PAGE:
Originally Posted by sibhusky
But why, if you are using six pairs of skis over the course of a season, would you need to grind all six? You'd be having fewer days on each pair, meaning you SHOULD have no need to do it so often for each pair. I went from one pair to three pair and now do it somewhat less than every other year on average. My hard snow/groomer/spring conditions skis need it more often, my powder skis almost never.
For me, the biggest problem is base damage. It's extremely noticable how a ski's speed degrades on cat tracks after getting scraped up. This is pretty important on a powder day when you're trying to beat the herd! By mid-season, navigating Vail becomes a serious test of patience (where half your day is spent traversing stupid cat tracks). I've found that while I can repair skis on my own, using a ptex base welder and the skivisions planar, they never quite come out as good as when I can take them to a local shop and getting a base grind. Filling lots of tiny scratches and then trying to use the skivisions planar to flatten the repairs just doesn't work that well. The planar tends to rip out tiny pieces of the now filled-in scratches, leaving mottled-looking repairs. Sometimes it looks good, but rarely is it as smooth and complete as when the repairs are knocked flat with a base grind. I've also noticed that a metal scraper tends to work a little bit better in getting the repaired sections flat, especially when heating the scraper itself.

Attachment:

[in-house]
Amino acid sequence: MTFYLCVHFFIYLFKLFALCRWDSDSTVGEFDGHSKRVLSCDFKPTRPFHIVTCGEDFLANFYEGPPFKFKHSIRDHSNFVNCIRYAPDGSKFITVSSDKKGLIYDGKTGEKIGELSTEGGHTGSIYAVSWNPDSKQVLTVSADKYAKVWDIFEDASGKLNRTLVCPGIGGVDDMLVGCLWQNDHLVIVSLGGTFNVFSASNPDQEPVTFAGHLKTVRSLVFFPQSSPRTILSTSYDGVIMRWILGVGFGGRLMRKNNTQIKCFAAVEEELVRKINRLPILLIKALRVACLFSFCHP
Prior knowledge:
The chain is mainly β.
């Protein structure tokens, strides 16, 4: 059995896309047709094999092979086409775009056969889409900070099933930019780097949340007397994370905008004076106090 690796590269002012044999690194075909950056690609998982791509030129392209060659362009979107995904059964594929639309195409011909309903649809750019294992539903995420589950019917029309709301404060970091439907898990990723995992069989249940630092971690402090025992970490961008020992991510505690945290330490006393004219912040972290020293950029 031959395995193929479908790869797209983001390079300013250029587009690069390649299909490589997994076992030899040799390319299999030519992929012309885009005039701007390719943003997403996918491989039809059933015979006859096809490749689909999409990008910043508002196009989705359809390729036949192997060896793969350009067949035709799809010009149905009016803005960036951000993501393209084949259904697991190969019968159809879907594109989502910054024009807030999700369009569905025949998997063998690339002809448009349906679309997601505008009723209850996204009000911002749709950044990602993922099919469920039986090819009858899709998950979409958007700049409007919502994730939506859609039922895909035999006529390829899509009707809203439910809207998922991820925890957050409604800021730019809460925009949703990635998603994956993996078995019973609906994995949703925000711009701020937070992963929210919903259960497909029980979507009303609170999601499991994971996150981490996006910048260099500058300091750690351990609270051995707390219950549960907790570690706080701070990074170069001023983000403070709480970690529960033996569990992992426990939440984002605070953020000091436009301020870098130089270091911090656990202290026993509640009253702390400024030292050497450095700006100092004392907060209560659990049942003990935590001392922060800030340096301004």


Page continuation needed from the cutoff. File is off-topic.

The best technique I've found so far for doing home repairs:
1) load the scratches with ptex using a base welder
2) put the base welder directly on a thin metal scraper and heating it up to a high temperature (too hot to touch the exact spot)
3) while keeping the base welder in contact with the metal scraper, run the metal scraper across the filled-in scratches, using the scraper as a flat guide to smooth the ptex in the repairs out as flat as possible
4) finish up with a ski-visions planar
5) after most of the rocks are hidden under the snow, take it to the shop for a final repair job + base grind
Anyone else have any tips and techniques for dealing with base damage? Like I said, the hardest part for me seems to be getting the repairs flat and flush with the rest of the ski base, without damaging the ptex repairs themselves. The SkiVisions planar does a pretty terrible job of this in my experience.